January is a logical time to think about plans, goals, and dreams. I’m more motivated to make changes in my life in January than I am in April or October.
To live fruitful lives it’s healthy to make plans and to pursue our dreams by achieving goals.
But how does one’s faith in God contribute to effective planning?
The interaction between God’s purposes for us and our plans is challenging and faith-building:
Do we develop our own dreams, or does God give them to us? Or both?
Is he even interested in the same end results we are? Probably not.
He might desire for me to grow in faith or in perseverance, while I might wonder why my plan for a new job isn’t working out.
Our Plans and God’s Purpose
The Lord is central to our plans, as the following three verses from the practical wisdom of Proverbs make completely clear.
In his heart a man plans his course, but the LORD determines his steps. (Proverbs 16:9)
As someone who has not always planned my own course (see Mr. Magoo Years), I’m immensely thankful that the Lord determined my steps in life. He is the only possible explanation for the transformation from my formerly shortsighted view to a longer eternal perspective. I now have dreams and plans, and whether God uses them or not, I have confidence that he will direct my steps.
Those clueless early adult years prove to me that even without a plan, God is quite capable of determining our steps according to his purpose.
Many are the plans in a person’s heart, but it is the LORD’s purpose that prevails. (Proverbs 19:21)
Why should I make my own plans if the Lord’s purpose will prevail in the end? Were those Mr. Magoo years, with no long-term plans, the better way to live?
Dreams motivate us to grow, to learn, to develop, and to create. Plans get us moving. I don’t think God wants us to stifle our imaginations or stymie our ingenuity.
When God created the world he gave human beings the great gift of work to develop the earth and to create culture. Most of us need a plan or two to accomplish our part in that great task.
Our plans get us moving; God directs our steps. Ultimately his purpose prevails. The reason we should cultivate dreams and develop plans is that, apparently, we are necessary players in God’s overarching purpose.
God is sovereign. I don’t know how he accomplishes his purpose with our plans; I only know that he does.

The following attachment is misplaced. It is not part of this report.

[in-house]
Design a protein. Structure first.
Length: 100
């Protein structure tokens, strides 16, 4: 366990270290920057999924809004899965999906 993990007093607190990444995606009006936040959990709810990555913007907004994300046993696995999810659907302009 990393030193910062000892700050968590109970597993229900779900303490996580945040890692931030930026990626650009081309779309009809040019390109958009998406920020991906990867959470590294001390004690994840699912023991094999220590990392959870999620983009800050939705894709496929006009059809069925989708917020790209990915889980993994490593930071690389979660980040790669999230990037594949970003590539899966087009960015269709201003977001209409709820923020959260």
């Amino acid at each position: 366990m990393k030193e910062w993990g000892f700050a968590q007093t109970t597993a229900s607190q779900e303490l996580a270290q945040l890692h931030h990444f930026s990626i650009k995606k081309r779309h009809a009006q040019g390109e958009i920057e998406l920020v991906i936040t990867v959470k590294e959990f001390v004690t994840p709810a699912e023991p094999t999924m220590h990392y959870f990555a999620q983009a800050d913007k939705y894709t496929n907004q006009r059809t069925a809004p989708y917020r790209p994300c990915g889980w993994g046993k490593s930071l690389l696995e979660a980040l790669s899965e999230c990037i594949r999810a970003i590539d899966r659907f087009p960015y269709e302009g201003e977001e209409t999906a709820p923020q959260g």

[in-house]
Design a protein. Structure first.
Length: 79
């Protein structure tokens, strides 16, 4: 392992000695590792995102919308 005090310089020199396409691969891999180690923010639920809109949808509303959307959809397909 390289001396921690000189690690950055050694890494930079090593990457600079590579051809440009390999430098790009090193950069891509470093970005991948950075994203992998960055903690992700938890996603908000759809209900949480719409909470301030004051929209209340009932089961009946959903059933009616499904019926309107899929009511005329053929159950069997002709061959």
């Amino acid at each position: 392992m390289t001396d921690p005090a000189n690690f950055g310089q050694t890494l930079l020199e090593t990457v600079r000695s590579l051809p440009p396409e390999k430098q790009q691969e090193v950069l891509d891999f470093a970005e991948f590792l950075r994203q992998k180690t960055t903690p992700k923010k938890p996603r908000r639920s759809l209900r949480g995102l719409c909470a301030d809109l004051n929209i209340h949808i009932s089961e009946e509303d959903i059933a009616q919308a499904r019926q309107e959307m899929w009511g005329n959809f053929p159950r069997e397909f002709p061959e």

Commit to the LORD whatever you do, and your plans will succeed. (Proverbs 16:3)
I’ve had plans that I firmly believed were committed to the Lord, and they did not succeed. Have you had that experience?
It is possible that they succeeded in ways that I wasn’t looking for or in ways that I can’t yet see.
Walking by Faith
One of my favorite Bible verses is Hebrews 11:1:
Now faith is the substance of things hoped for, the evidence of things not seen. (NKJV)
The reason I like this verse so much is because faith is treated as a tangible thing. The hoped-for has substance, and it is faith. There is evidence for the things I cannot yet see, and that evidence is faith.
The text that follows this verse is a long catalog of biblical characters who displayed great faith. Abraham takes up more space than any other character in Hebrews 11. God promised Abraham land and nations of descendants, but he saw very little of either during his life. When he died, he owned only one small piece of property on which his wife was buried. Isaac, his promised son, had two sons after waiting twenty years. Not much to brag about.
His faith was commended because he still believed in God and in those promises even when they had only just begun to be fulfilled during his life. He knew God was good for it.
Sometimes faith is at its greatest when the results are not seen.
Faith is the definition of success in God’s eyes.
For God desires our faith more than he desires the achievement of our goals or the accomplishment of our dreams.